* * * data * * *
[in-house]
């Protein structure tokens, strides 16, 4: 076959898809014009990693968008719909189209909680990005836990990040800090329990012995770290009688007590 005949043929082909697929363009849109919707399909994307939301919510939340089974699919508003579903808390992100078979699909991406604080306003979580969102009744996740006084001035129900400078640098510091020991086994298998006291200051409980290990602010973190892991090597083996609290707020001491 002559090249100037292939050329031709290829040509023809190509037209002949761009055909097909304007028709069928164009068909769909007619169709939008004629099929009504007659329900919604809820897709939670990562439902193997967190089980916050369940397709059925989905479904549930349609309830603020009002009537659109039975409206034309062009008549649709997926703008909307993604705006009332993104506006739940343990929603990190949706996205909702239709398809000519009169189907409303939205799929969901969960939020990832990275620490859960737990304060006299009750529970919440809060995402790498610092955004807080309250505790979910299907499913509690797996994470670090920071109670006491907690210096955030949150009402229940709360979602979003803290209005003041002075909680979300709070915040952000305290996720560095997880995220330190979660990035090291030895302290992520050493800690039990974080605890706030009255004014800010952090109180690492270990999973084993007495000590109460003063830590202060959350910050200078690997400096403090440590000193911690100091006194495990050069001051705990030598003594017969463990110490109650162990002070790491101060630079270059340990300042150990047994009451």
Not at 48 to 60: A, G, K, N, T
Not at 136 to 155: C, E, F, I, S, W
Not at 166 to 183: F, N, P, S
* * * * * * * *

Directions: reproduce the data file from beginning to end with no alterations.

[in-house]
């Protein structure tokens, strides 16, 4: 076959898809014009990693968008719909189209909680990005836990990040800090329990012995770290009688007590 005949043929082909697929363009849109919707399909994307939301919510939340089974699919508003579903808390992100078979699909991406604080306003979580969102009744996740006084001035129900400078640098510091020991086994298998006291200051409980290990602010973190892991090597083996609290707020001491 002559090249100037292939050329031709290829040509023809190509037209002949761009055909097909304007028709069928164009068909769909007619169709939008004629099929009504007659329900919604809820897709939670990562439902193997967190089980916050369940397709059925989905479904549930349609309830603020009002009537659109039975409206034309062009008549649709997926703008909307993604705006009332993104506006739940343990929603990190949706996205909702239709398809000519009169189907409303939205799929969901969960939020990832990275620490859960737990304060006299009750529970919440809060995402790498610092955004807080309250505790979910299907499913509690797996994470670090920071109670006491907690210096955030949150009402229940709360979602979003803290209005003041002075909680979300709070915040952000305290996720560095997880995220330190979660990035090291030895302290992520050493800690039990974080605890706030009255004014800010952090109180690492270990999973084993007495000590109460003063830590202060959350910050200078690997400096403090440590000193911690100091006194495990050069001051705990030598003594017969463990110490109650162990002070790491101060630079270059340990300042150990047994009451």
Not at 48 to 60: A, G, K, N, T
Not at 136 to 155: C, E, F, I, S, W
Not at 166 to 183: F, N, P, S